The number of deaths and confirmed cases, though continuing to increase, is rising at a slower rate for the third day in a row. China's central bank is taking measures to stem the outbreak by disinfecting money.
China's National Health Commission reported a fewer number of new coronavirus cases for the third day in a row on Sunday, with 2,009 new infections reported, bringing the total to 68,500 confirmed cases since the outbreak began in December.
The death toll on mainland China from COVID-19, a disease stemming from a new form of coronavirus, now stands at 1,665, officials said.
This toll did not include the first death reported in Europe. France reported the death of a Chinese tourist from Hubei province, the epicenter of the outbreak.
Late on Sunday, Taiwan confirmed its first death from the virus — the fifth outside the mainland.
The territory's health minister said the 61-year-old taxi driver, who had diabetes and hepatitis B, had not traveled abroad recently but had driven clients mainly from Hong Kong, Macau and mainland China.
Cruise ship evacuations
People aboard the Diamond Princess cruise ship make up the largest cluster of infections outside China. Japanese Health Minister said Sunday that 70 more people were diagnosed with the coronavirus, bringing the total number of infections onboard to 355 cases.
Canada, the United States and Hong Kong have all announced they will fly their nationals home from the cruise ship, which has been quarantined in Yokohama, Japan since February 3.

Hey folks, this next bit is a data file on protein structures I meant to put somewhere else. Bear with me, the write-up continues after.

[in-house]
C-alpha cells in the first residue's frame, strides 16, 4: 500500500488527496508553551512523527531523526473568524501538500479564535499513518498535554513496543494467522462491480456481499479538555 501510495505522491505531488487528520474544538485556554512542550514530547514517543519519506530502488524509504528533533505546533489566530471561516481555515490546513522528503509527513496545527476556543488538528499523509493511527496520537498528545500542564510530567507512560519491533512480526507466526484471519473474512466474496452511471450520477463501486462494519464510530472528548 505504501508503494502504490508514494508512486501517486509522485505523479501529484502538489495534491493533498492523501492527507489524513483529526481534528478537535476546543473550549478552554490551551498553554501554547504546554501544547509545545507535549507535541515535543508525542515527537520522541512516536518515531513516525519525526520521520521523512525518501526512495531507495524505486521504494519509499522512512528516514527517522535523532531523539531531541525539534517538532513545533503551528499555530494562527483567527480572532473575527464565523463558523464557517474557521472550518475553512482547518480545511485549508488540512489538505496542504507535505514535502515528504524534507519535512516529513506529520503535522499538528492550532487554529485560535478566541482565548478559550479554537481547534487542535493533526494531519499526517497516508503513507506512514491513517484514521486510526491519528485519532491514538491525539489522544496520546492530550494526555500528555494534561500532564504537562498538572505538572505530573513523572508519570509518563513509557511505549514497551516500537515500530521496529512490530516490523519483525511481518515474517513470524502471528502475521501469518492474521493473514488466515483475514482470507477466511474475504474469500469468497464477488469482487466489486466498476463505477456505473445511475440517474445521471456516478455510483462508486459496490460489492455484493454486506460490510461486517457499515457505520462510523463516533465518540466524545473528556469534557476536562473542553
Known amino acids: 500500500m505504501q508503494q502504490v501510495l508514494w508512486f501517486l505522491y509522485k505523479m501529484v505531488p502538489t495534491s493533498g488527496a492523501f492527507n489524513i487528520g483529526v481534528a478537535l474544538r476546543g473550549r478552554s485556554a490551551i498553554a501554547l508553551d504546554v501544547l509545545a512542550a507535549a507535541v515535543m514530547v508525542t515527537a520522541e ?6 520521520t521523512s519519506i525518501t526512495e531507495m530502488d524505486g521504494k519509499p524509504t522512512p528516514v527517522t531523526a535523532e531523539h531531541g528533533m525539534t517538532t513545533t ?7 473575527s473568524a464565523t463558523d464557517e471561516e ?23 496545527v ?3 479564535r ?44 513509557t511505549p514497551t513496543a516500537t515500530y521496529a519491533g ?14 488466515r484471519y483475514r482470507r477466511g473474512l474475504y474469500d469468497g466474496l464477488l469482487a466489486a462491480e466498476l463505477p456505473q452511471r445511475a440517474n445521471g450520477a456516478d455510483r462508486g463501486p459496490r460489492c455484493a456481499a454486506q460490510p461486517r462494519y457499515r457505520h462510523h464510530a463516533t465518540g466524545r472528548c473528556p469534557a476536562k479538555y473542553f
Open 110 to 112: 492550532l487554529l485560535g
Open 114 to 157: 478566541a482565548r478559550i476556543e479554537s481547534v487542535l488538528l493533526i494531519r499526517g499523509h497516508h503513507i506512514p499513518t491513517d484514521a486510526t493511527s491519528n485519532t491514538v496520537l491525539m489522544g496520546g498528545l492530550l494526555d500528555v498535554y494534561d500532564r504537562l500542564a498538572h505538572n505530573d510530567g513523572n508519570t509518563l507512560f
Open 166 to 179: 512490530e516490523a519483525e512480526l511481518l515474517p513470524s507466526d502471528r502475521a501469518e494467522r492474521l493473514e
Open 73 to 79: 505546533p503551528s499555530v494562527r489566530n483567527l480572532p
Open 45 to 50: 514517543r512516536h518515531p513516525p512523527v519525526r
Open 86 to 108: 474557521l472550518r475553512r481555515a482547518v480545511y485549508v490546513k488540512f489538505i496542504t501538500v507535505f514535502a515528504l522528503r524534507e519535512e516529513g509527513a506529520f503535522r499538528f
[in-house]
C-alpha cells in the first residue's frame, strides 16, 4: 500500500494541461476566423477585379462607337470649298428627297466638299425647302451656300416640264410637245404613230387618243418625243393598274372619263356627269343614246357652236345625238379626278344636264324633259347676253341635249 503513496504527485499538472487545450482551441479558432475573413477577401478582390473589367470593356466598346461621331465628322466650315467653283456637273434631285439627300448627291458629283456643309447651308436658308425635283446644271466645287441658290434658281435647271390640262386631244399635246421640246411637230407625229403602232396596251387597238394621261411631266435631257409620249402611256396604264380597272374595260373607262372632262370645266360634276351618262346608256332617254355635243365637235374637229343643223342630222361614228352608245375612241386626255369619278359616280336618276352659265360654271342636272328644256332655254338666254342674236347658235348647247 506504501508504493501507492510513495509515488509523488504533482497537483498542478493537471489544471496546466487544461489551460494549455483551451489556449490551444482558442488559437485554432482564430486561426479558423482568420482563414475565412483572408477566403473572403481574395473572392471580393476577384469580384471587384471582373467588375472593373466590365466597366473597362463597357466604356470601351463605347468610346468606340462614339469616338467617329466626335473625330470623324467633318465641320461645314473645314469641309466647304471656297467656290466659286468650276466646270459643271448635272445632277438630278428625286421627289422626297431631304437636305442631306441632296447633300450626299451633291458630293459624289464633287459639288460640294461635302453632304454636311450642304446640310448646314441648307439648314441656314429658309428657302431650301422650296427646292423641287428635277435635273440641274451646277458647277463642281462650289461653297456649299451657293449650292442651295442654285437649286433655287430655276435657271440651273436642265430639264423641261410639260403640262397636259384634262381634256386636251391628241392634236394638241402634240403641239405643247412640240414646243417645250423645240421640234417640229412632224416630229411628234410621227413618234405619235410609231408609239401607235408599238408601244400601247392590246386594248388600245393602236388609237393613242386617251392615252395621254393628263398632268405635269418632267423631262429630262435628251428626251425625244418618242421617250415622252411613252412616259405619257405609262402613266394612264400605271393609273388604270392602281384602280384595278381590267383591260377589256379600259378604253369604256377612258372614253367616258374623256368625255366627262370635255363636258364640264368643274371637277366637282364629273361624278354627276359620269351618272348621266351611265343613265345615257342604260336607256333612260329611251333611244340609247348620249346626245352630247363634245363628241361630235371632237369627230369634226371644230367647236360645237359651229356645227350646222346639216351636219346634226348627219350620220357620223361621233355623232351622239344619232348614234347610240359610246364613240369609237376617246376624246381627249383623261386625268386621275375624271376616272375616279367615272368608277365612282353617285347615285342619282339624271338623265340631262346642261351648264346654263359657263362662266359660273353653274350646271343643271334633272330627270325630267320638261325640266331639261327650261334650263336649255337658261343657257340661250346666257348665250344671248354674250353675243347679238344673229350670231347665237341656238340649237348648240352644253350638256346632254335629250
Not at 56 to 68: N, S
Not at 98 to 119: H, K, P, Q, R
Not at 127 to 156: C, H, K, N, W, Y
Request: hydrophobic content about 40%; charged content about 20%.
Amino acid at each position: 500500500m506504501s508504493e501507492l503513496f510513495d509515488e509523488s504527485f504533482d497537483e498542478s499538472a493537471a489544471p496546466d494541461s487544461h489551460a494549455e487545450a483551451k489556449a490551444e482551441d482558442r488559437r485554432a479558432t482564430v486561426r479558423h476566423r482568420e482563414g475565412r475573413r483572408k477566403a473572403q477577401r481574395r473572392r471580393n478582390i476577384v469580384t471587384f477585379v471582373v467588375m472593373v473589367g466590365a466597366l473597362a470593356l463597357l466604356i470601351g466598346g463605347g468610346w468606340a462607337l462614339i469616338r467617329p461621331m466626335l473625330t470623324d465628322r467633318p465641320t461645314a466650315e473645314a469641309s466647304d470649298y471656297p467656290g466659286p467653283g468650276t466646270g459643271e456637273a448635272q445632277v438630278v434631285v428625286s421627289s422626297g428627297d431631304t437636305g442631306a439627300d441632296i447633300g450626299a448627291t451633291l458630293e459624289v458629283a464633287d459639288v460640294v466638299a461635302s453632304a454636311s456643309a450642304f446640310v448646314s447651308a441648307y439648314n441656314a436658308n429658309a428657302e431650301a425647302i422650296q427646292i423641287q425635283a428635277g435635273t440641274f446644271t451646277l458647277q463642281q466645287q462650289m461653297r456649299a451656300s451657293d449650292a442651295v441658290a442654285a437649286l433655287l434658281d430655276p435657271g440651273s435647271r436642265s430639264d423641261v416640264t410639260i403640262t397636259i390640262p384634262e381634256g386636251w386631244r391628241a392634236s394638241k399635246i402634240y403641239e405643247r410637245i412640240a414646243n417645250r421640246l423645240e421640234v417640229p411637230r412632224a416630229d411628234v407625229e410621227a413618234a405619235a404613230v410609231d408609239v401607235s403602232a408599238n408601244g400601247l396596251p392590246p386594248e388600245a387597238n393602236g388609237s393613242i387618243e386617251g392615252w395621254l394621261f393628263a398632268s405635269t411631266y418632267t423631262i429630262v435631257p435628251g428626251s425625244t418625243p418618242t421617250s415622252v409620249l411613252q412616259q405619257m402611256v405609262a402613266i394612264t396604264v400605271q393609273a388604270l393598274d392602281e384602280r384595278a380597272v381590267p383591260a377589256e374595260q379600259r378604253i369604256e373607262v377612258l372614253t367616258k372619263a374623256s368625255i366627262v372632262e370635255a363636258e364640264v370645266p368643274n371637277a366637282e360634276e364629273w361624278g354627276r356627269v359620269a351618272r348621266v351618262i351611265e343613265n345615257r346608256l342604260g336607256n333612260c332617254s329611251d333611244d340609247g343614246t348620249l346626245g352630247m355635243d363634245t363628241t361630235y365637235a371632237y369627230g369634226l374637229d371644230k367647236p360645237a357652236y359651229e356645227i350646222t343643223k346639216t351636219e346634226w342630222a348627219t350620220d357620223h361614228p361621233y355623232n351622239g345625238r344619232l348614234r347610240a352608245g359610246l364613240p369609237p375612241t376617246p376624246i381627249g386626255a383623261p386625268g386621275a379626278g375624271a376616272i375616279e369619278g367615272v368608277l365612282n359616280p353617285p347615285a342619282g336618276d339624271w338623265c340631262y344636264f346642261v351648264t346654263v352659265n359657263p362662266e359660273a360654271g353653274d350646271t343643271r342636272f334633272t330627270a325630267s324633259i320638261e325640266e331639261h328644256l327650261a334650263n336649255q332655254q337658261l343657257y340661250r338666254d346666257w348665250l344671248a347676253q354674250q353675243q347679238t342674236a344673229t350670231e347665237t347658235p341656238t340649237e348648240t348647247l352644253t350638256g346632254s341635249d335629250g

The first Americans left the vessel late Sunday to board chartered flights home, where they will face another 14 day isolation period in addition to the one they endured on the ship.
Cambodia takes on new case
Nearly 1,000 people remaining aboard another cruise ship docked in Cambodia are set to undergo additional coronavirus checks before being allowed to disembark, an official said on Sunday, after one passenger who left the ship tested positive for the virus in Malaysia.
"The temperature checks must be done again before leaving," Kheang Phearum, a provincial government spokesman, told DPA news agency.
Malaysian health authorities said that one of the ship's passengers, an 83-year-old American woman, had been infected with the Sars-Cov-2 virus, a result which was confirmed by a second set of tests which were sought by the cruise company, Holland America.
The passenger, who had been on board the MS Westerdam operated by a unit of Carnival Corp, had tested positive for the virus after arriving in Kuala Lumpur from Cambodia. Malaysian Deputy Prime Minister Waz Azizah Wan Ismail said on Sunday the retest was carried out on the woman late on Saturday night, and that her husband tested negative.
The company said 236 guests and 747 crew remained on board after more than 1,200 people disembarked on Friday and Saturday.
Xi gave instructions on fighting the virus as early as January 7, according to Chinese state media. The disclosure indicates that top leaders knew about the potential severity of the outbreak weeks before such dangers were made known to the public. It was not until late January that officials publicly announced that the virus could spread between humans.
Tightening the reins in Hubei
The government of Hubei, China's hardest-hit province, said on Sunday that a ban will be imposed on private vehicle traffic to curb the spread of the virus.
Police cars, ambulances, vehicles carrying essential goods and other vehicles related to public service would be exempted from the ban, according to a statement issued by the provincial government.
It added that the province will carry out regular health checks on all residents, and said companies cannot resume work without first receiving official permission.
Meanwhile, China's central bank said over the weekend that to control the outbreak spreading, used banknotes were being disinfected and stored for up to 14 days before they are reintroduced to public circulation.
jsi/sms (AP, Reuters, dpa)